The performance space is defined by the perimeter of speakers, and invites the audience to enter into the space, move about within it, and become part of an immersive bio-feedback experience. The resultant sound responds to the environment, especially the presence of the audience, by articulating external influences on the brain activity of the performer.

This work speaks to the thresholds at work within our perceptions – of self, of environment, and the distinctions between the two.

It also illustrates a dialectic between author and subject. Do our perceptions and actions generate our world, or are we experiencing a determined universe, an algorithm that is simply playing itself out? This quandary extends from the performer in meditation through the audience experiencing the piece, both questioning their role at the threshold of influence.

Finally, I Am Sitting. . . hovers in the space between the intimate and the interpersonal. How much of me is you? Can we fine-tune our perceptions to be more, or less, sensitive to our social conditioning? Which signals qualify as communication? The piece puts the audience (and performer) in an active state of testing these thresholds, teasing our intuitive and intellectual senses to dialogue with one another and form dynamic hypotheses about the nature of perception and interaction.

This piece is dedicated to the inimitable Alvin Lucier.

Duet for Bow Chime & Live EEG 1

Duet for Bow Chime & Live EEG

Duet for Bow Chime & Live EEG was a live improvisational performance recorded in the IMRC’s AP/PE on March 27, 2018.

This work uses a modified technique, which includes live EEG (brainwave) data in combination with bowing. EEG data processed through custom MaxMSP programming is converted to a sound signal and output through a pair of transducers attached to the resonator of the bow chime. 

The effect is such that the bow chime’s range of frequencies becomes focused where it is resonant with the EEG signal, and the two work together to produce complex layers of sound. Further, the normal haptic feedback loop between the bow chime and player, which allows the player to choose sympathetic bowing actions, is layered with the added element of biofeedback from the EEG sounds generated by the player in action.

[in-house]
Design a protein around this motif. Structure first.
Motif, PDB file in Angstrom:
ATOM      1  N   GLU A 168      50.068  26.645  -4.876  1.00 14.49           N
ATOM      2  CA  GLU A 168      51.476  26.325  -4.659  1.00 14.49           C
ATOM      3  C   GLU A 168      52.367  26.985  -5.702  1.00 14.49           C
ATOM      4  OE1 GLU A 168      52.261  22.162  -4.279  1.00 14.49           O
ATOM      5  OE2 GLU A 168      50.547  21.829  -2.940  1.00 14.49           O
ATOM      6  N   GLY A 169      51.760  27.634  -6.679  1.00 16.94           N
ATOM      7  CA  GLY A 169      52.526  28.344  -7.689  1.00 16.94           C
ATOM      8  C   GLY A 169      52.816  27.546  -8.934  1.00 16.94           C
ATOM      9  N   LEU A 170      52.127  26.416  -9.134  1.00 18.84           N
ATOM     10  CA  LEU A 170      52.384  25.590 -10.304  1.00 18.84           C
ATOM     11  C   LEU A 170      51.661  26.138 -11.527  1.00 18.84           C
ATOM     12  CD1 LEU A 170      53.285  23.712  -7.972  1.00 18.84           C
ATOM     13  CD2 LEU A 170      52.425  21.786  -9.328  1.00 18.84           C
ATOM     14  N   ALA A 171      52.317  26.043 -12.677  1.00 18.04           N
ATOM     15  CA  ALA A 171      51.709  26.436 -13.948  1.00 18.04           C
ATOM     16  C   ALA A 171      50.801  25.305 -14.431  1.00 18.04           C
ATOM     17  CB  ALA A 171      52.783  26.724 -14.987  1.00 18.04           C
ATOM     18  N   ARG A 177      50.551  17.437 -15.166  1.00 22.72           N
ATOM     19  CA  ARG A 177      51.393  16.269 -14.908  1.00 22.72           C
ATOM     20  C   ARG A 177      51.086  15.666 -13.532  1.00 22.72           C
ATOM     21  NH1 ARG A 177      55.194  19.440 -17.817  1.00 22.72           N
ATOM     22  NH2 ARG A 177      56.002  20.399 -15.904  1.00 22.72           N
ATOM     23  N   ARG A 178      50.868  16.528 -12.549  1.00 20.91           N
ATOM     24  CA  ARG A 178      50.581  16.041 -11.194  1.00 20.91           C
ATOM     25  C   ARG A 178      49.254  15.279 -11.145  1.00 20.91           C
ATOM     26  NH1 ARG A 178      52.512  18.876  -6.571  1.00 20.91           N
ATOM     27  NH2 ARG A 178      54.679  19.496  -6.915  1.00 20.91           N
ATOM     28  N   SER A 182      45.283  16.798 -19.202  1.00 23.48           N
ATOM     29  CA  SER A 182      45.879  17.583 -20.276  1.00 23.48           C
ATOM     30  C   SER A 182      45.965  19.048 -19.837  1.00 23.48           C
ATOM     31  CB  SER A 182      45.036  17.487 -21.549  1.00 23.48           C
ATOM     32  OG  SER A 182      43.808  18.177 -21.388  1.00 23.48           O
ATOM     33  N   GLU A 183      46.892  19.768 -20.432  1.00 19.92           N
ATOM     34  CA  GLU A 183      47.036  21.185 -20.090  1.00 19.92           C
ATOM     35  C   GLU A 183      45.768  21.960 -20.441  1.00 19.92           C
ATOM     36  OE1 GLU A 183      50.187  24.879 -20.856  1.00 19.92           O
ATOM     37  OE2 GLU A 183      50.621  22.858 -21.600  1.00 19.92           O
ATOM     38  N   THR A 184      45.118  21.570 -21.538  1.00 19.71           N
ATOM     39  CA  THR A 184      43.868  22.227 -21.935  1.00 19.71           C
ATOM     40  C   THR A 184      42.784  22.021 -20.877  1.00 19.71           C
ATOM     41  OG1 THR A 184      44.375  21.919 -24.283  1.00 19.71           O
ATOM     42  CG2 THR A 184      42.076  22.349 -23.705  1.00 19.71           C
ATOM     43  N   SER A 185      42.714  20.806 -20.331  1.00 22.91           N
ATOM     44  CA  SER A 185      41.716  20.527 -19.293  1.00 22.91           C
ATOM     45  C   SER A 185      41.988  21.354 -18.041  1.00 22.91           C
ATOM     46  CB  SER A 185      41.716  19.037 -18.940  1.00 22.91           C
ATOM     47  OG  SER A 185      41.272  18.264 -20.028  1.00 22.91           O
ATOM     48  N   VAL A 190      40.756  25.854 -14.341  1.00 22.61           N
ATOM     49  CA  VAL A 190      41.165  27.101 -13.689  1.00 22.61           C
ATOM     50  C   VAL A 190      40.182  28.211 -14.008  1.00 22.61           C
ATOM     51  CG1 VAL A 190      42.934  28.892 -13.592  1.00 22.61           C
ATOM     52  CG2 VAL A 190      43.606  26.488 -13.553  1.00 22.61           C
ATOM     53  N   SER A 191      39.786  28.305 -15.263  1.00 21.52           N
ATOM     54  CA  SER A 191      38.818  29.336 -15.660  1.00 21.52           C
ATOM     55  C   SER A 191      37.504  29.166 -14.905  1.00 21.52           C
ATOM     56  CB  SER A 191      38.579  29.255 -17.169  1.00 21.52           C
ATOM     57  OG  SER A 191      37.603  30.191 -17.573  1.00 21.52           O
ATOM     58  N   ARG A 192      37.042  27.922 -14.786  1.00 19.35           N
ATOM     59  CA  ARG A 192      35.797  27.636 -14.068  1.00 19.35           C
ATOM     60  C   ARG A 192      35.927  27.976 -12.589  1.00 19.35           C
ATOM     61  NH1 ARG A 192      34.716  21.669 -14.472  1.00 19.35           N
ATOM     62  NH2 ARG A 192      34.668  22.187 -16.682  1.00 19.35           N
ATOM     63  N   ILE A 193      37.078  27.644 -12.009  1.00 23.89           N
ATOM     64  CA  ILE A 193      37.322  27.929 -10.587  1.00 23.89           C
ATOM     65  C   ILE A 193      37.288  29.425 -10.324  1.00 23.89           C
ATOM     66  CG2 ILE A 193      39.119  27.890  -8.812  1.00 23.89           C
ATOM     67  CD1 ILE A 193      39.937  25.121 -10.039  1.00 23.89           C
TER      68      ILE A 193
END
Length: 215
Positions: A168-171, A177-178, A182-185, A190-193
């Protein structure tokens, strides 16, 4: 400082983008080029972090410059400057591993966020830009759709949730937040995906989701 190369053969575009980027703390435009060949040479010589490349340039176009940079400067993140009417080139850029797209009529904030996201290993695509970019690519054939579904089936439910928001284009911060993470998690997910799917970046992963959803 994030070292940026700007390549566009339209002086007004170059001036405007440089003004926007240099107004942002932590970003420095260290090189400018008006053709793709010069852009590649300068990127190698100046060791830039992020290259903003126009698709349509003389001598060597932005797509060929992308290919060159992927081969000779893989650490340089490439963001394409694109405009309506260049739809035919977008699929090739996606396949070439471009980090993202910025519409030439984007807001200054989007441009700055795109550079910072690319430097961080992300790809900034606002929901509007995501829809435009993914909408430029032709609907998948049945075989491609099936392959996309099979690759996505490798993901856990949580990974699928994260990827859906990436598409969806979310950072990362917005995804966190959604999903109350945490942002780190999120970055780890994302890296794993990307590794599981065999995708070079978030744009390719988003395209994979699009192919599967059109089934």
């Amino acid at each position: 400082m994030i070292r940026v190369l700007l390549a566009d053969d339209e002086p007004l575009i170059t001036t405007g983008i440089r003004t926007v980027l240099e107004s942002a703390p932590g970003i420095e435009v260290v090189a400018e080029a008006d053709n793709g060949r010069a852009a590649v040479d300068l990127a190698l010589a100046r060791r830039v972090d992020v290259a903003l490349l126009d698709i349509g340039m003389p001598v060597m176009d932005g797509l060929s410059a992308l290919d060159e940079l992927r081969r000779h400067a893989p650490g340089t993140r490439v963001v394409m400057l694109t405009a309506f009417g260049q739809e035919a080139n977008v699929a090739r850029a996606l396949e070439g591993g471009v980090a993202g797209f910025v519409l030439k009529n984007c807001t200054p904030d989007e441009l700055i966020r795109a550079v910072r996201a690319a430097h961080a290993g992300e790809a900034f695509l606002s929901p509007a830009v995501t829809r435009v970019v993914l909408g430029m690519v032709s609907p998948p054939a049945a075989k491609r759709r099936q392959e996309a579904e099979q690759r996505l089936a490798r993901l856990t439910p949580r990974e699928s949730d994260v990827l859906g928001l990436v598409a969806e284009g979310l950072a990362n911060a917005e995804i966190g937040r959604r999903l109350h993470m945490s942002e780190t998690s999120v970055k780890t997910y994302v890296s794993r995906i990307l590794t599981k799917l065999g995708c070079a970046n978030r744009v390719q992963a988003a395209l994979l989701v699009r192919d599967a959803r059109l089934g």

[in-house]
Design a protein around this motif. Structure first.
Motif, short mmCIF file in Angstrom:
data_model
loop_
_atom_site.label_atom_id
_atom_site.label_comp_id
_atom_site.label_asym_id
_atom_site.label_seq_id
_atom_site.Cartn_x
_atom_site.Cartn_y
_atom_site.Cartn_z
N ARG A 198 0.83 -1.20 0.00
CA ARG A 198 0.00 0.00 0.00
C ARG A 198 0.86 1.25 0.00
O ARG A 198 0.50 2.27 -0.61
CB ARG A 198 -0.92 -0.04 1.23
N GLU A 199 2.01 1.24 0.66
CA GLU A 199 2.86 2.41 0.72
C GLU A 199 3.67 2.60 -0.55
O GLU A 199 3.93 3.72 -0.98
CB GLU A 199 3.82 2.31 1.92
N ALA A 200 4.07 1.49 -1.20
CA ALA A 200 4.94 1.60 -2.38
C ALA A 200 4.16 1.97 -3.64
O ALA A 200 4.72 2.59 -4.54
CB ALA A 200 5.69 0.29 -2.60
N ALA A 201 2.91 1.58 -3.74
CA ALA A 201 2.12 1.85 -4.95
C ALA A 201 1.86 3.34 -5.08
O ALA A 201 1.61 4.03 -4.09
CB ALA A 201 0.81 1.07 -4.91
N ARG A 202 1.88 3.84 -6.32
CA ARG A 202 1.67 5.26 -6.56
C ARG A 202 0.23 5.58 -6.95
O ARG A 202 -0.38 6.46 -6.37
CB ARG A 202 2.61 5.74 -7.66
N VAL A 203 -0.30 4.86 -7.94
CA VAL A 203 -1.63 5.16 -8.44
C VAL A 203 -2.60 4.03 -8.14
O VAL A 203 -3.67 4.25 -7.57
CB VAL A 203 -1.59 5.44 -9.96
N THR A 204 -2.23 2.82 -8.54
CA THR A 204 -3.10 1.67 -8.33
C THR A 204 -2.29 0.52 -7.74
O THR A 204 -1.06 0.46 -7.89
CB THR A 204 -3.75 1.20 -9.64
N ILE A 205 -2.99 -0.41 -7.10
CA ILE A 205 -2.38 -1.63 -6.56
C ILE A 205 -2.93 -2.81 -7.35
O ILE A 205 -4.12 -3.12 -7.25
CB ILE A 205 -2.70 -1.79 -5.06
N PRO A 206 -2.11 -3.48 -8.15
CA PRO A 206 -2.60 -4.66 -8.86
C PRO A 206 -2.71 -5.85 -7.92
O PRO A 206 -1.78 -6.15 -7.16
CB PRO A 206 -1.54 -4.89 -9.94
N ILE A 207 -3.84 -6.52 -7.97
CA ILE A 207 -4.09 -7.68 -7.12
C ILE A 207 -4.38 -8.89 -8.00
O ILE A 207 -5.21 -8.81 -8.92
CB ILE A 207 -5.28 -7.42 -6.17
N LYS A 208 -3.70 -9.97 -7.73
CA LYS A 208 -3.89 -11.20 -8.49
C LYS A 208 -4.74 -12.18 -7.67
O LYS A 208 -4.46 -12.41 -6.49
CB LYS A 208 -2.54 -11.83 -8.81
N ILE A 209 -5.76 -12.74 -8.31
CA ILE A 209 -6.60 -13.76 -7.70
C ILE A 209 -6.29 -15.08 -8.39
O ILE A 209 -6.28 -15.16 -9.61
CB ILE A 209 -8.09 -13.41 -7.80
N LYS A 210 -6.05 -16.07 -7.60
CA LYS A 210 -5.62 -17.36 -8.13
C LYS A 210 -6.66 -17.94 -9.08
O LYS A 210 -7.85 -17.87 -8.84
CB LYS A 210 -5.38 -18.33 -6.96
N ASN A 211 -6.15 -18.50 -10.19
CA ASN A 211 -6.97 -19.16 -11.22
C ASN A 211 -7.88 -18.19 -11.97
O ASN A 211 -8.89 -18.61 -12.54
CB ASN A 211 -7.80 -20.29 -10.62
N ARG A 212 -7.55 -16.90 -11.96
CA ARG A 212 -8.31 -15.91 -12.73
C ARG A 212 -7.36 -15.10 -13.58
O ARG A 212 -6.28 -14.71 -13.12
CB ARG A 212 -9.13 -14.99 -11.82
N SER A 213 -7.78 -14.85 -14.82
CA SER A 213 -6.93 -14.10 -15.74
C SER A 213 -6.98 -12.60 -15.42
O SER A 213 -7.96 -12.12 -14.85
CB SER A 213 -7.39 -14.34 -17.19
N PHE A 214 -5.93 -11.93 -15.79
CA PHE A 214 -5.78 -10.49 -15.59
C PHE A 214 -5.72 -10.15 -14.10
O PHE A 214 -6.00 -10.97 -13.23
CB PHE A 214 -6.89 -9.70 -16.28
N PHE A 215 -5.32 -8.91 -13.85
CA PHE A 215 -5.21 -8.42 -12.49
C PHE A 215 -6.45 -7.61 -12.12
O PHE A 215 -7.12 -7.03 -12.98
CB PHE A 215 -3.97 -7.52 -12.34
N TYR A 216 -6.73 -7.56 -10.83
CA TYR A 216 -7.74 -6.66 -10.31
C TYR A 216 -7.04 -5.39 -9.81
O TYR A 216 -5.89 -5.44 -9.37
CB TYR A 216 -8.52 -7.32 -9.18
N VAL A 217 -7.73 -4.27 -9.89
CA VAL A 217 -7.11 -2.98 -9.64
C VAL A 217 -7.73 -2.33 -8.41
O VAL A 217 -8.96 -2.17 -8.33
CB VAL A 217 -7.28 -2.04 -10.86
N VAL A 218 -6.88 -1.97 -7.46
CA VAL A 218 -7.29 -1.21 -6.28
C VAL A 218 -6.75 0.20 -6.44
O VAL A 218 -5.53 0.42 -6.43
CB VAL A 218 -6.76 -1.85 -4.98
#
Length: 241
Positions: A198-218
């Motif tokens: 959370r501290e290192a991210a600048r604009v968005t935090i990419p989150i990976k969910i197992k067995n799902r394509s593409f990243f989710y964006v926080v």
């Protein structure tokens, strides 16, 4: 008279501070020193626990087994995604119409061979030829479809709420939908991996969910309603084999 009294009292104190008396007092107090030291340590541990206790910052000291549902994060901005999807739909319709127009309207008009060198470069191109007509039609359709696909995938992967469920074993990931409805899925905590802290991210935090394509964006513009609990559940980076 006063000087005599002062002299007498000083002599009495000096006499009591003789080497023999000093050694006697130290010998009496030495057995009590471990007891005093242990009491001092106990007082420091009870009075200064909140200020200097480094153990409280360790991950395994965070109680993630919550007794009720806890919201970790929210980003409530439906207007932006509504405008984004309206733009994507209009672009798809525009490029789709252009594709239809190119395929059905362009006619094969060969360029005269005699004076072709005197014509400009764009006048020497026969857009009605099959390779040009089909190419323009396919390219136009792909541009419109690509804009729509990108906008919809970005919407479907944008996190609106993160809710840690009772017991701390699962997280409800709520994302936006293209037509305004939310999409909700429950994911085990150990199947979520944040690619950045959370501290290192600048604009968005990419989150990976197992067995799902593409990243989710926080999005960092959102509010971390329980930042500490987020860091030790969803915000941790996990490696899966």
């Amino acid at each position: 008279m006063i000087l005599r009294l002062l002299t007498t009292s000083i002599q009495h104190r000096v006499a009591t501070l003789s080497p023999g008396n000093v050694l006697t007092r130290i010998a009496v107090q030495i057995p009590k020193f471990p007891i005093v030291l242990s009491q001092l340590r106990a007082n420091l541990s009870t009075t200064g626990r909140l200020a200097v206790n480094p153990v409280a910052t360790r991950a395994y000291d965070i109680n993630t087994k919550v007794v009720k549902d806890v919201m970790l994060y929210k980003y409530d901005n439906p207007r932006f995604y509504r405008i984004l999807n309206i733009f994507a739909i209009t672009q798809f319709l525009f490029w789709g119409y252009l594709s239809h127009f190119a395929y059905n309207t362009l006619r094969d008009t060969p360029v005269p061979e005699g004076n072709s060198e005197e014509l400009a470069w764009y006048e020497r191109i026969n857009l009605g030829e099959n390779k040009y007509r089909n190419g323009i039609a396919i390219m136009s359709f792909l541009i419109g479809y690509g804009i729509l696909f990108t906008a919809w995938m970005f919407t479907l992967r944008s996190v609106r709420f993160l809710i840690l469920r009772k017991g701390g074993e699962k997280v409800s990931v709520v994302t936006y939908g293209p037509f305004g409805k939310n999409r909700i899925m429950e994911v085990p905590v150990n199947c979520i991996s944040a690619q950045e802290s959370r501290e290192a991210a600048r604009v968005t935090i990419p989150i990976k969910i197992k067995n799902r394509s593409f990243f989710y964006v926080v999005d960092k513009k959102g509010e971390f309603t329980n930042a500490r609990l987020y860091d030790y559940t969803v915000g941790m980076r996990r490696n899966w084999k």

An upcoming performance using this technique is scheduled for July 9, 2018, at the Apohadion Theatre in Portland Maine.


Champlin uses a modified bow chime developed by Matt Samolis. She has been studying ‘cymbal bath’ techniques with Samolis since 2017. The instrument is modeled on the original bow chime invented by Robert Rutman in 1967.




Transfer is an experimental photographic study using tableware and direct sunlight. This study was undertaken as an exploration of signal transference, mediation, and pattern recognition. The components used recall the elements of a traditional still-life construction, but the results bear no resemblance. The images produced and presented have not been manipulated for effect, but are simply a record of the informational transactions between the sun, the object, and the camera — or in terms of communication, the transmitter, the filter, and the receiver.